"And the stars are projectors, yeah, projecting our lives down to this planet Earth." - Modest Mouse


Right Hemispheres 

Former felon and heroin addict, Tommy McHugh, suffered a near-fatal cerebral hemorrhage. Since then he has an uncontrollable urge to create works of art.
McHugh's art reveals some aspects of his altered thought processes. He often draws images of faces within faces, which he describes as representing two parallel lines of thinking that seem to run through his brain simultaneously.

In cognitive tests conducted by UCL psychologist Michelle de Haan, McHugh demonstrates a mix of abilities and deficiencies. He scores in the normal range for IQ, but he has difficulty switching trains of thought. When asked to list types of furniture, for example, he will rattle off chairs and tables like the rest of us. But when asked to switch to listing animals, he continues to talk about lamps and sofas. It's a trait that becomes apparent when talking to McHugh: sentences tumble out relentlessly unless he is interrupted.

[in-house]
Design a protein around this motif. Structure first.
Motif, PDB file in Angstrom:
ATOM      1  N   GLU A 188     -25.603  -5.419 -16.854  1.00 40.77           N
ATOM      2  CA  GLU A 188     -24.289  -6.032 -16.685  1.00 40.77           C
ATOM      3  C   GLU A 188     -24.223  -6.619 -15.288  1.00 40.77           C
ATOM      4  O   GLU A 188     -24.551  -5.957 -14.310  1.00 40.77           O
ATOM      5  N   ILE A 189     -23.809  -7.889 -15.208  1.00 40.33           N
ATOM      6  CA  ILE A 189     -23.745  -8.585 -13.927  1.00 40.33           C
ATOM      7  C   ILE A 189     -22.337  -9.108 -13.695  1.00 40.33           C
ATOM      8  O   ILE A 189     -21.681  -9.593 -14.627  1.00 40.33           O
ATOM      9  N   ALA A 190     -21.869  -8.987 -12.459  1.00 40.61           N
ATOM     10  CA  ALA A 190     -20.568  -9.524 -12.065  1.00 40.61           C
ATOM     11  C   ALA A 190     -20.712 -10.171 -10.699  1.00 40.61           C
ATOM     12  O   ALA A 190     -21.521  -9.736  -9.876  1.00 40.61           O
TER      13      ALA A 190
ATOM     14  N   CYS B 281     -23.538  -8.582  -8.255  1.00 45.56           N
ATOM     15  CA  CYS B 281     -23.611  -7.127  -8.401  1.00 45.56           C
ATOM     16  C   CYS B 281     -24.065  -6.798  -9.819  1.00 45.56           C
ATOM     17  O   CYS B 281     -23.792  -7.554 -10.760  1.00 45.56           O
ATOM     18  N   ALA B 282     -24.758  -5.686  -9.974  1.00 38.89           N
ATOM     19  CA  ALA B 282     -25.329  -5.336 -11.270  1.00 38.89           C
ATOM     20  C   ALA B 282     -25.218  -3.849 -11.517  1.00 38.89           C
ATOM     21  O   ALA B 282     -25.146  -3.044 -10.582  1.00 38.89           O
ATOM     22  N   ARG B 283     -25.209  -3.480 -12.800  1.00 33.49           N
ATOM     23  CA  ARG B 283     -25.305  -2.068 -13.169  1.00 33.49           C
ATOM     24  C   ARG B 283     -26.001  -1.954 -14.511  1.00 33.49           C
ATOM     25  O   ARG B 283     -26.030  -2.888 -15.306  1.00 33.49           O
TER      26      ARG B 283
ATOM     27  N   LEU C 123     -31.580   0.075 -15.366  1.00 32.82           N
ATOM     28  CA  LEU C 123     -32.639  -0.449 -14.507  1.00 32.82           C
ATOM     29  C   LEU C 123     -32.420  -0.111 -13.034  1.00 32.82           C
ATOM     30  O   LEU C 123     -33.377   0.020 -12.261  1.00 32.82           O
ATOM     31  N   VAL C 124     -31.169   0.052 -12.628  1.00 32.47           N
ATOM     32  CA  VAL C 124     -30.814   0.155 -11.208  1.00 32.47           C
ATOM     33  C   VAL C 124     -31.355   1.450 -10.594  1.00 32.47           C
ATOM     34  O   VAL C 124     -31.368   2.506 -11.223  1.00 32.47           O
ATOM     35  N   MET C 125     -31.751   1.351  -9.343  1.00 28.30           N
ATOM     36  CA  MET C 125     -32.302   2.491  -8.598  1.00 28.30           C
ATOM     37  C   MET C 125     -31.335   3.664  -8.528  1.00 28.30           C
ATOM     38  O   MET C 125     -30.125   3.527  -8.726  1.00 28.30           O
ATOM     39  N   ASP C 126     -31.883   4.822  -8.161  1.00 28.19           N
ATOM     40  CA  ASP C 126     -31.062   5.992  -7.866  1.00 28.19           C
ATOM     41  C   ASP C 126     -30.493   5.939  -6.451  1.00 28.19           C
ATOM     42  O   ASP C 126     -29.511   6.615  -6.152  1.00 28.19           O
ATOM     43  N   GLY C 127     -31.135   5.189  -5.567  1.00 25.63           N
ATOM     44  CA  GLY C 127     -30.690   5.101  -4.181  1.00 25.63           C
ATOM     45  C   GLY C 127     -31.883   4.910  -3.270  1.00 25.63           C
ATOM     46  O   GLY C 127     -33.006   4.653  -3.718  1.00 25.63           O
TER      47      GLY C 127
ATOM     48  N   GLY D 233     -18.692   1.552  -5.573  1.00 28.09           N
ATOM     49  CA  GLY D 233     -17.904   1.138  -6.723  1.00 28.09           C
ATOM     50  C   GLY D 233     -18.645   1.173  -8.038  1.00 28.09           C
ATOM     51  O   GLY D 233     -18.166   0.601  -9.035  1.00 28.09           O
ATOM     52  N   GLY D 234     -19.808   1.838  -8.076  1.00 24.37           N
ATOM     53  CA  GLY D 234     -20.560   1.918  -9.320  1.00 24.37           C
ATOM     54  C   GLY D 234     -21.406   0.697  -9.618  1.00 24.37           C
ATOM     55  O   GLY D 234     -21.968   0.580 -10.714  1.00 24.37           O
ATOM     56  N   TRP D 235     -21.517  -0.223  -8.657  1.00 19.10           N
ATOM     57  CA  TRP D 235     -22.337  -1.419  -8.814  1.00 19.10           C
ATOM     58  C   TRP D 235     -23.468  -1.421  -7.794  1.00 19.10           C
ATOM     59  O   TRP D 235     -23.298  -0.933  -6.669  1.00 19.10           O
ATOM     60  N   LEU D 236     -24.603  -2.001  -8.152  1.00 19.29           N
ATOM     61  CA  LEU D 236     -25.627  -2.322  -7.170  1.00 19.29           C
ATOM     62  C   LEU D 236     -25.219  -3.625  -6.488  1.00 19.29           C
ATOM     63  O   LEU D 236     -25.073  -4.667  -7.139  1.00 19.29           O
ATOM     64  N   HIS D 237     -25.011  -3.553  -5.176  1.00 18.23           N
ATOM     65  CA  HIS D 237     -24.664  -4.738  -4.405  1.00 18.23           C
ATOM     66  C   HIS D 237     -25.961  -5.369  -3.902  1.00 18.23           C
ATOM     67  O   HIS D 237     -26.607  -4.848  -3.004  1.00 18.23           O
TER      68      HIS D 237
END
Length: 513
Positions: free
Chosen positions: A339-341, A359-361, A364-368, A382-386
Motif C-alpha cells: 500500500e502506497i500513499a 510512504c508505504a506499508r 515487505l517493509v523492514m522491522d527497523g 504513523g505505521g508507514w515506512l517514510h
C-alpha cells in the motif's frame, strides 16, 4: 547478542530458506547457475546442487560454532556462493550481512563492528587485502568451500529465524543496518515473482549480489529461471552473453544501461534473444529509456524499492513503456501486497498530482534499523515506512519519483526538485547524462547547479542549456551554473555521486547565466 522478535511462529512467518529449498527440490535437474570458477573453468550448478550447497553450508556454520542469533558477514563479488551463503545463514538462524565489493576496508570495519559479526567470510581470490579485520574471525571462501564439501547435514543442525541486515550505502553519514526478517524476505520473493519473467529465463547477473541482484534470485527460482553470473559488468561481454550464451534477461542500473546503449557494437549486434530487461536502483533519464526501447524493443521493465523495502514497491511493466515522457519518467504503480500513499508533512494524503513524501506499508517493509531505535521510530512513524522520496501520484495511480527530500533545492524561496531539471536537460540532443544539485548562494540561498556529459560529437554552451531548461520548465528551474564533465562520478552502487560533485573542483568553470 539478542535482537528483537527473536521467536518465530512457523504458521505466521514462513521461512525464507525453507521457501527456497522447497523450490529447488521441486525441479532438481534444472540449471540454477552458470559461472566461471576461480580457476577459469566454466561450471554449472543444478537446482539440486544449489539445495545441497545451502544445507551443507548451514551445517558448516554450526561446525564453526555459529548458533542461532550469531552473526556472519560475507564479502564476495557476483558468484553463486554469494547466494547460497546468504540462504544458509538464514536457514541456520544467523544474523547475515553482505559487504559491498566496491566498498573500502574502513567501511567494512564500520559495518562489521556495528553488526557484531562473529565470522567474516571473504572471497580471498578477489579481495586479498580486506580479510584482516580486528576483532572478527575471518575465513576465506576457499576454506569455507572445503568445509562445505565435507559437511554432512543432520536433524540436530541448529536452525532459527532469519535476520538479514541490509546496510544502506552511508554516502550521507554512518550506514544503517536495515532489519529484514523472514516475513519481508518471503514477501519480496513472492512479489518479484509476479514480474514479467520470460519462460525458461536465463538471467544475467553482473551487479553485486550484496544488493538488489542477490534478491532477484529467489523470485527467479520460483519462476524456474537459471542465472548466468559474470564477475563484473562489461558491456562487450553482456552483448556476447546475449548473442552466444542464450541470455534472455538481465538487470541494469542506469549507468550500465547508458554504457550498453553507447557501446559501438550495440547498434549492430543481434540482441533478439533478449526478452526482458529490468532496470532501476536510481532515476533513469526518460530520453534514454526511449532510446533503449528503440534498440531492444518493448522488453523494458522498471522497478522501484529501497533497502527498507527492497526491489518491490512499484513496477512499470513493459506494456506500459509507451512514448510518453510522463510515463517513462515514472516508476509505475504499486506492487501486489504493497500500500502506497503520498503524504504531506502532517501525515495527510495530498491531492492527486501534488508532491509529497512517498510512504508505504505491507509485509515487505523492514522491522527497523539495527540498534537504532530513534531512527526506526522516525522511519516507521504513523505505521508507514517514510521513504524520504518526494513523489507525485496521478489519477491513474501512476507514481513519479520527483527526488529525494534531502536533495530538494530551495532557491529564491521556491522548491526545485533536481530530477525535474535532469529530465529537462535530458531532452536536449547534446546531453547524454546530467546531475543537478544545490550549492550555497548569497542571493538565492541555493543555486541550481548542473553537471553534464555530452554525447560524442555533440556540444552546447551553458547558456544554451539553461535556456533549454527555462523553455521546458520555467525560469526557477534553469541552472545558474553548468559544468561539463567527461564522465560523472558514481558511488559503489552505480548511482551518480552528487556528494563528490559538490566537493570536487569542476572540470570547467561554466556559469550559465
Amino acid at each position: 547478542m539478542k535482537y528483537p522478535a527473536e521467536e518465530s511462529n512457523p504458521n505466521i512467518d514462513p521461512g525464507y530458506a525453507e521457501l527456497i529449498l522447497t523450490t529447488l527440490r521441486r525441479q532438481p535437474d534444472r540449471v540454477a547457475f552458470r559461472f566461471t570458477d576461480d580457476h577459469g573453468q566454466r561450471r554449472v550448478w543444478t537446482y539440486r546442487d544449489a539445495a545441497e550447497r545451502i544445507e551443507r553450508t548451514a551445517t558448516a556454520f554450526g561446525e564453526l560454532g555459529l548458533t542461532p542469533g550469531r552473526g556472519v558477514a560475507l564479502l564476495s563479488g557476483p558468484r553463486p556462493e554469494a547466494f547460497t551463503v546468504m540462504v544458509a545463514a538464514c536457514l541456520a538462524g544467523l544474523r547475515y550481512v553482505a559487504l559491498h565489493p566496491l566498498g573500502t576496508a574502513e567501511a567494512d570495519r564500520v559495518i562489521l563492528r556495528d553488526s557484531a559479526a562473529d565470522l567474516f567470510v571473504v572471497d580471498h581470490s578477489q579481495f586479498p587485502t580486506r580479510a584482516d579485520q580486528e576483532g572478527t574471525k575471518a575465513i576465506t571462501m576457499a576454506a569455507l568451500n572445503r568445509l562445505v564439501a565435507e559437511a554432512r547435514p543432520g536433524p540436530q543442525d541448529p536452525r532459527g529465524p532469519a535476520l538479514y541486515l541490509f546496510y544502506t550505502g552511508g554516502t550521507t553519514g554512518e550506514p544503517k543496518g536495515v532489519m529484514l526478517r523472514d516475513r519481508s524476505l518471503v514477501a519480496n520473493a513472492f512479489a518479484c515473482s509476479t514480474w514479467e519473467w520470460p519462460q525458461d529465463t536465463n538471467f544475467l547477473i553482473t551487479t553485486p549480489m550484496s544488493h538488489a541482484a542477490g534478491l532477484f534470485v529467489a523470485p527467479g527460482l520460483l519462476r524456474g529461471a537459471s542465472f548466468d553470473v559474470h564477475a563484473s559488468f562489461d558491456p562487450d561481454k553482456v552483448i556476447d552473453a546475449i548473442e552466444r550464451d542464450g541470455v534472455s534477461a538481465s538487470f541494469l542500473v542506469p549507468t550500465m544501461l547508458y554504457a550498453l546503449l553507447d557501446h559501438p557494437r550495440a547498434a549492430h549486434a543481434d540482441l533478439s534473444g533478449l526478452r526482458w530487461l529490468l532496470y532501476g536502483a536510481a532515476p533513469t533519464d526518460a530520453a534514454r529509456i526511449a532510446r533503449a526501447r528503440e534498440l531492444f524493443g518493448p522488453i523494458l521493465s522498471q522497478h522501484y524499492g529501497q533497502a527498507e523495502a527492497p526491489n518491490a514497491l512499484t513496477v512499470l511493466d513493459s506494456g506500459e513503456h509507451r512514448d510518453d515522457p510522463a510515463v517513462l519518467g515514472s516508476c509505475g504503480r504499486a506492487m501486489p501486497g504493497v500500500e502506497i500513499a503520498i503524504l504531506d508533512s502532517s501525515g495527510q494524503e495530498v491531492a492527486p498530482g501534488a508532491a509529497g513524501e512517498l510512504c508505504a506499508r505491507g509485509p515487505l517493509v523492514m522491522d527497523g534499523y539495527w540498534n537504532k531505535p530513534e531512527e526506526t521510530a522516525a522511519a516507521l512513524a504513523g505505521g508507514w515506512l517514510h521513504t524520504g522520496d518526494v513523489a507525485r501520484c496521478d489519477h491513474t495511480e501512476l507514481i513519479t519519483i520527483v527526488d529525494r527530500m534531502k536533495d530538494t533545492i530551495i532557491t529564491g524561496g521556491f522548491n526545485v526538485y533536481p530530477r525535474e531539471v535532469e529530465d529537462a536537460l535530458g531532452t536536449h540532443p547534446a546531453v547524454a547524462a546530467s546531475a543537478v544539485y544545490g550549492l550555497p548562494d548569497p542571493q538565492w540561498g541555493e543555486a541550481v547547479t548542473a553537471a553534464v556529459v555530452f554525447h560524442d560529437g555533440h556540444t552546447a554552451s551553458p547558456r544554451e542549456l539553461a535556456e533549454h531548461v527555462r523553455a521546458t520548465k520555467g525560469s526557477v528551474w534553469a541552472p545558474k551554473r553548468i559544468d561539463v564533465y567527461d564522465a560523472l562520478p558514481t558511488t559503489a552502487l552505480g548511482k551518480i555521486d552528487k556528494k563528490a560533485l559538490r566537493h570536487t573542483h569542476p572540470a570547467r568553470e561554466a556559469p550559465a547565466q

Similar deficits are seen in patients with damage to their frontal lobes, a region of the brain associated with high-level functions such as planning. This suggests McHugh may likewise be injured here.

Areas on the right side of the brain are usually involved in artistic functions such as visual processing, face recognition and spatial awareness. But these are moderated by areas on the left-hand side. Perhaps, speculates Miller, damage to the left lessens this inhibition and causes patients to become more interested in art.

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